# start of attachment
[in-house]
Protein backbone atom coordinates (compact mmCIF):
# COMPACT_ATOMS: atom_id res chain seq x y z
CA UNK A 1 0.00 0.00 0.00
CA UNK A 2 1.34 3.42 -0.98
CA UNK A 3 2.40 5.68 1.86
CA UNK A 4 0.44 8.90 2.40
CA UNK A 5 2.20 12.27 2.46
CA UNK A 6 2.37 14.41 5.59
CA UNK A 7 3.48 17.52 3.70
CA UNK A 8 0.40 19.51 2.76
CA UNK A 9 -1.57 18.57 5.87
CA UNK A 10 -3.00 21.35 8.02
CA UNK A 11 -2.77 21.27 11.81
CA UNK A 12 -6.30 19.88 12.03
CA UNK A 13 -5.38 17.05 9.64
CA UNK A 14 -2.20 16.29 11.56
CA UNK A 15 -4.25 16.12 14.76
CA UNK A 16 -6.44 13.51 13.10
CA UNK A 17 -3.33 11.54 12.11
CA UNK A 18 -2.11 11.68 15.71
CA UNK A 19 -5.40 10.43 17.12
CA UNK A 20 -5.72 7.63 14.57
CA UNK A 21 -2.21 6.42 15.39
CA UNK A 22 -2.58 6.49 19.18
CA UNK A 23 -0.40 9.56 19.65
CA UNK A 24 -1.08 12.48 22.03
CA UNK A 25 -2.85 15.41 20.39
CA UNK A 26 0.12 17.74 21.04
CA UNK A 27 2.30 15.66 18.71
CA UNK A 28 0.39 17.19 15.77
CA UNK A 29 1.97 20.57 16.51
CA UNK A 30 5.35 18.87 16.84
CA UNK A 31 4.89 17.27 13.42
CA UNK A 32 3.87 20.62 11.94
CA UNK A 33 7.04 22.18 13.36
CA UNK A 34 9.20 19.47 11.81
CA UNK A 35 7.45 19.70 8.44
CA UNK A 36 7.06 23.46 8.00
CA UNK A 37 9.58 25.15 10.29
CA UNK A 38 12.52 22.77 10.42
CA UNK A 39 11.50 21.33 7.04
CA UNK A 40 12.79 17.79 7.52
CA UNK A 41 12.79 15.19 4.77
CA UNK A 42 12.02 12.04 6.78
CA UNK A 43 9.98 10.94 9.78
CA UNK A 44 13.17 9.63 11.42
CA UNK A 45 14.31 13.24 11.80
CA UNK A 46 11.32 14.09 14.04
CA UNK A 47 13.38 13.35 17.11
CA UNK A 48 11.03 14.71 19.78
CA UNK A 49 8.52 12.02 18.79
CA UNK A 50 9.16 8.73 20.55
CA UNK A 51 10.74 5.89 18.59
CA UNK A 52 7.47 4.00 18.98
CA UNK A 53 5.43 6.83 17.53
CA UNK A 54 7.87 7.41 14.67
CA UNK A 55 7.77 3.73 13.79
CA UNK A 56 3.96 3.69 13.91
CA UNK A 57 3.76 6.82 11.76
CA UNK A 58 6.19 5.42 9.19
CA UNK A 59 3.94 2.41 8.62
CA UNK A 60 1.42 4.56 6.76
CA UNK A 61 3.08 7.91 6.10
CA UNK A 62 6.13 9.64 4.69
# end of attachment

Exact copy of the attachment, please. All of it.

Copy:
[in-house]
Protein backbone atom coordinates (compact mmCIF):
# COMPACT_ATOMS: atom_id res chain seq x y z
CA UNK A 1 0.00 0.00 0.00
CA UNK A 2 1.34 3.42 -0.98
CA UNK A 3 2.40 5.68 1.86
CA UNK A 4 0.44 8.90 2.40
CA UNK A 5 2.20 12.27 2.46
CA UNK A 6 2.37 14.41 5.59
CA UNK A 7 3.48 17.52 3.70
CA UNK A 8 0.40 19.51 2.76
CA UNK A 9 -1.57 18.57 5.87
CA UNK A 10 -3.00 21.35 8.02
CA UNK A 11 -2.77 21.27 11.81
CA UNK A 12 -6.30 19.88 12.03
CA UNK A 13 -5.38 17.05 9.64
CA UNK A 14 -2.20 16.29 11.56
CA UNK A 15 -4.25 16.12 14.76
CA UNK A 16 -6.44 13.51 13.10
CA UNK A 17 -3.33 11.54 12.11
CA UNK A 18 -2.11 11.68 15.71
CA UNK A 19 -5.40 10.43 17.12
CA UNK A 20 -5.72 7.63 14.57
CA UNK A 21 -2.21 6.42 15.39
CA UNK A 22 -2.58 6.49 19.18
CA UNK A 23 -0.40 9.56 19.65
CA UNK A 24 -1.08 12.48 22.03
CA UNK A 25 -2.85 15.41 20.39
CA UNK A 26 0.12 17.74 21.04
CA UNK A 27 2.30 15.66 18.71
CA UNK A 28 0.39 17.19 15.77
CA UNK A 29 1.97 20.57 16.51
CA UNK A 30 5.35 18.87 16.84
CA UNK A 31 4.89 17.27 13.42
CA UNK A 32 3.87 20.62 11.94
CA UNK A 33 7.04 22.18 13.36
CA UNK A 34 9.20 19.47 11.81
CA UNK A 35 7.45 19.70 8.44
CA UNK A 36 7.06 23.46 8.00
CA UNK A 37 9.58 25.15 10.29
CA UNK A 38 12.52 22.77 10.42
CA UNK A 39 11.50 21.33 7.04
CA UNK A 40 12.79 17.79 7.52
CA UNK A 41 12.79 15.19 4.77
CA UNK A 42 12.02 12.04 6.78
CA UNK A 43 9.98 10.94 9.78
CA UNK A 44 13.17 9.63 11.42
CA UNK A 45 14.31 13.24 11.80
CA UNK A 46 11.32 14.09 14.04
CA UNK A 47 13.38 13.35 17.11
CA UNK A 48 11.03 14.71 19.78
CA UNK A 49 8.52 12.02 18.79
CA UNK A 50 9.16 8.73 20.55
CA UNK A 51 10.74 5.89 18.59
CA UNK A 52 7.47 4.00 18.98
CA UNK A 53 5.43 6.83 17.53
CA UNK A 54 7.87 7.41 14.67
CA UNK A 55 7.77 3.73 13.79
CA UNK A 56 3.96 3.69 13.91
CA UNK A 57 3.76 6.82 11.76
CA UNK A 58 6.19 5.42 9.19
CA UNK A 59 3.94 2.41 8.62
CA UNK A 60 1.42 4.56 6.76
CA UNK A 61 3.08 7.91 6.10
CA UNK A 62 6.13 9.64 4.69